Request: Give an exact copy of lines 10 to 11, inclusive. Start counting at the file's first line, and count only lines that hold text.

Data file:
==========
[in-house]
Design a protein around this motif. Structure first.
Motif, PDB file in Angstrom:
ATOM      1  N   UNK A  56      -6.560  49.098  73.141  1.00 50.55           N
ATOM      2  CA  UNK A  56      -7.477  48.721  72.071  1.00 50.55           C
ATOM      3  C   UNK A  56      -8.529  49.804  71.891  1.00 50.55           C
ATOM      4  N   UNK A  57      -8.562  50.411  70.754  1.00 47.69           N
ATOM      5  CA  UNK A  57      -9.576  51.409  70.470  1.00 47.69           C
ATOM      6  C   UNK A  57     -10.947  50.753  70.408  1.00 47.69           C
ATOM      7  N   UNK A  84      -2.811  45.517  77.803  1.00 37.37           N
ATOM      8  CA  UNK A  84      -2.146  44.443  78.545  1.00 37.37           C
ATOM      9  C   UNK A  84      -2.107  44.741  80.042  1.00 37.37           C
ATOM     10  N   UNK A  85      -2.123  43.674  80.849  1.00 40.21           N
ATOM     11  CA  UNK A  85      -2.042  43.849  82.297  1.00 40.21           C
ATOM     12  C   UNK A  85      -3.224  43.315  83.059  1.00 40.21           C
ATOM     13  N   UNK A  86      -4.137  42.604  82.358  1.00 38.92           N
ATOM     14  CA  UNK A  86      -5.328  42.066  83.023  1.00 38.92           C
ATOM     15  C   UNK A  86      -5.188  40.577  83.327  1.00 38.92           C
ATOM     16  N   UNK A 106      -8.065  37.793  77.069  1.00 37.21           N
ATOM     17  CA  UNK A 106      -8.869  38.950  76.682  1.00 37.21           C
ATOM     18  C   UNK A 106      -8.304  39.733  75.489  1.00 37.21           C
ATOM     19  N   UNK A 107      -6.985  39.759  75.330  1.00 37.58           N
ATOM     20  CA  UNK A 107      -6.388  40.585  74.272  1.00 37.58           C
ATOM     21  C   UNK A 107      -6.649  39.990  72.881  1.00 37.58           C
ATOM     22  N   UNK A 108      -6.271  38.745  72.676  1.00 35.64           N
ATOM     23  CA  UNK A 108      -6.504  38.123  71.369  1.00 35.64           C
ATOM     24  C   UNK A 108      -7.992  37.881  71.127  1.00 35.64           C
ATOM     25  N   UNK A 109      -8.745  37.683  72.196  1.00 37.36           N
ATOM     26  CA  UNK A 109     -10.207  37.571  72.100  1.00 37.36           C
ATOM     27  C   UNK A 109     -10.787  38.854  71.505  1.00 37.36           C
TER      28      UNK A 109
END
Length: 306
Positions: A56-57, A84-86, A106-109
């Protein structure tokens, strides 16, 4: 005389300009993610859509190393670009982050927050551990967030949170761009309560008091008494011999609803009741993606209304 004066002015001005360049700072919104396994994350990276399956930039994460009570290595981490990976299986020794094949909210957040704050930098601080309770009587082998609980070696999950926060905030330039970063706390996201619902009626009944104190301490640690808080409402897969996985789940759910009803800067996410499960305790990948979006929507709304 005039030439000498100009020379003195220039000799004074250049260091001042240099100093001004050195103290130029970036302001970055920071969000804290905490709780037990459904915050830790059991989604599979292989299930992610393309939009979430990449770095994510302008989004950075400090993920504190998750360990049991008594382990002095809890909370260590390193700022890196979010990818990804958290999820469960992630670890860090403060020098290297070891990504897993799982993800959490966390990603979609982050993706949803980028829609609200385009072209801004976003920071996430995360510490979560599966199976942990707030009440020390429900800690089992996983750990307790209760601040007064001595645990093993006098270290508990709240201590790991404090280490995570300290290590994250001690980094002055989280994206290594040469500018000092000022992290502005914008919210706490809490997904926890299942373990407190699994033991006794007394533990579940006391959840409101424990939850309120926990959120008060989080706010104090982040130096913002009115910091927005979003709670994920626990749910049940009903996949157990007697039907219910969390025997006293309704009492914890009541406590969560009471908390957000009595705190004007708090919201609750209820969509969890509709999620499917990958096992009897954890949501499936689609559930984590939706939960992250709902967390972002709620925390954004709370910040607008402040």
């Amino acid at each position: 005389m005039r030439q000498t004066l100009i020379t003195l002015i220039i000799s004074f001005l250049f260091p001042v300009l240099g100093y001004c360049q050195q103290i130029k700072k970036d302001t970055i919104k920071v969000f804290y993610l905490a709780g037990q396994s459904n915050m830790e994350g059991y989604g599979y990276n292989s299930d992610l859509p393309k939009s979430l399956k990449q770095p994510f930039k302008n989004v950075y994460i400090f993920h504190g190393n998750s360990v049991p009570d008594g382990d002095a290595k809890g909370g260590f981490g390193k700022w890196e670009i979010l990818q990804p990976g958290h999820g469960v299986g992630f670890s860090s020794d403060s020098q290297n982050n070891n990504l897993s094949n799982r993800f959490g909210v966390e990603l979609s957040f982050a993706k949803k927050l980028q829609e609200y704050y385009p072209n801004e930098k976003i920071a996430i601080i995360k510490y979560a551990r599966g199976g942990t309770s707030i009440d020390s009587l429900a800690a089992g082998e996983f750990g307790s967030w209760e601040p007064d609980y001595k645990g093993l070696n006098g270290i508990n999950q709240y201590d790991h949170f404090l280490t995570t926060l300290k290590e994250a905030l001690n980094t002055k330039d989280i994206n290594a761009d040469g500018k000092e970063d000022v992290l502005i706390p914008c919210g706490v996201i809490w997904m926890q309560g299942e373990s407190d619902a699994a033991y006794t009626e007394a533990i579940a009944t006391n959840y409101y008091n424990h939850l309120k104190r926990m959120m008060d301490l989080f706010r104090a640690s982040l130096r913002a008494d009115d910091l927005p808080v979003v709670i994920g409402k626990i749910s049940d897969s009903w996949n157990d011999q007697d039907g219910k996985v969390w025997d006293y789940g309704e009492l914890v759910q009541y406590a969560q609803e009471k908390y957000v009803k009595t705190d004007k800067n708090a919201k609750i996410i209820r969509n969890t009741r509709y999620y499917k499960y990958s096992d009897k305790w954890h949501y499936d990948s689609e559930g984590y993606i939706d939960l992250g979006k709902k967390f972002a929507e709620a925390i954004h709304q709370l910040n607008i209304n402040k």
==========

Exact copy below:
ATOM      7  N   UNK A  84      -2.811  45.517  77.803  1.00 37.37           N
ATOM      8  CA  UNK A  84      -2.146  44.443  78.545  1.00 37.37           C